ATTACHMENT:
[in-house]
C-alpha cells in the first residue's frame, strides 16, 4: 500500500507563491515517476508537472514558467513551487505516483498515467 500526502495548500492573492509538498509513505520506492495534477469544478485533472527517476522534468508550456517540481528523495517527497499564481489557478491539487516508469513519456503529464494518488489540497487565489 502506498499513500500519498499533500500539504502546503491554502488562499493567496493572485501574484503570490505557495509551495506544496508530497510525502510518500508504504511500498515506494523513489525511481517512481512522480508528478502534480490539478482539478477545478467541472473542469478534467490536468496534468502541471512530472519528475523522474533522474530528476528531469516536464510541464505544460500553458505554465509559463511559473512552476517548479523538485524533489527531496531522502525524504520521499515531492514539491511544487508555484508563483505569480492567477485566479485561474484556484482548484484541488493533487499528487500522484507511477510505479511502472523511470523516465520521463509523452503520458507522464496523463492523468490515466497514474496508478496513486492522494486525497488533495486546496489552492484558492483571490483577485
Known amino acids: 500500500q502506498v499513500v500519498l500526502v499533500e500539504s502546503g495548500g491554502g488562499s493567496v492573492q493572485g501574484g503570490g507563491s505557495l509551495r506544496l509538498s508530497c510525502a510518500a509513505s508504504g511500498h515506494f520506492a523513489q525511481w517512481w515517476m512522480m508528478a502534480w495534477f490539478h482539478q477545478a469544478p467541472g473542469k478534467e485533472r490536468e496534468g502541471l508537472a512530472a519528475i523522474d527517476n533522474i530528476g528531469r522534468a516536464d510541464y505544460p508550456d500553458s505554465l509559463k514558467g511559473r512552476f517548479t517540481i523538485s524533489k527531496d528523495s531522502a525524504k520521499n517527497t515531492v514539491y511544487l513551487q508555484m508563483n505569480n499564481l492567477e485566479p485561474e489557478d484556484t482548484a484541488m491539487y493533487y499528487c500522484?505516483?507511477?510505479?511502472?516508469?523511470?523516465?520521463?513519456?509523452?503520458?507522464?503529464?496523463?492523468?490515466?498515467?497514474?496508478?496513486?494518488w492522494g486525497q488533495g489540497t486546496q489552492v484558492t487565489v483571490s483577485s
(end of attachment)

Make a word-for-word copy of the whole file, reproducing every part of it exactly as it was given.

[in-house]
C-alpha cells in the first residue's frame, strides 16, 4: 500500500507563491515517476508537472514558467513551487505516483498515467 500526502495548500492573492509538498509513505520506492495534477469544478485533472527517476522534468508550456517540481528523495517527497499564481489557478491539487516508469513519456503529464494518488489540497487565489 502506498499513500500519498499533500500539504502546503491554502488562499493567496493572485501574484503570490505557495509551495506544496508530497510525502510518500508504504511500498515506494523513489525511481517512481512522480508528478502534480490539478482539478477545478467541472473542469478534467490536468496534468502541471512530472519528475523522474533522474530528476528531469516536464510541464505544460500553458505554465509559463511559473512552476517548479523538485524533489527531496531522502525524504520521499515531492514539491511544487508555484508563483505569480492567477485566479485561474484556484482548484484541488493533487499528487500522484507511477510505479511502472523511470523516465520521463509523452503520458507522464496523463492523468490515466497514474496508478496513486492522494486525497488533495486546496489552492484558492483571490483577485
Known amino acids: 500500500q502506498v499513500v500519498l500526502v499533500e500539504s502546503g495548500g491554502g488562499s493567496v492573492q493572485g501574484g503570490g507563491s505557495l509551495r506544496l509538498s508530497c510525502a510518500a509513505s508504504g511500498h515506494f520506492a523513489q525511481w517512481w515517476m512522480m508528478a502534480w495534477f490539478h482539478q477545478a469544478p467541472g473542469k478534467e485533472r490536468e496534468g502541471l508537472a512530472a519528475i523522474d527517476n533522474i530528476g528531469r522534468a516536464d510541464y505544460p508550456d500553458s505554465l509559463k514558467g511559473r512552476f517548479t517540481i523538485s524533489k527531496d528523495s531522502a525524504k520521499n517527497t515531492v514539491y511544487l513551487q508555484m508563483n505569480n499564481l492567477e485566479p485561474e489557478d484556484t482548484a484541488m491539487y493533487y499528487c500522484?505516483?507511477?510505479?511502472?516508469?523511470?523516465?520521463?513519456?509523452?503520458?507522464?503529464?496523463?492523468?490515466?498515467?497514474?496508478?496513486?494518488w492522494g486525497q488533495g489540497t486546496q489552492v484558492t487565489v483571490s483577485s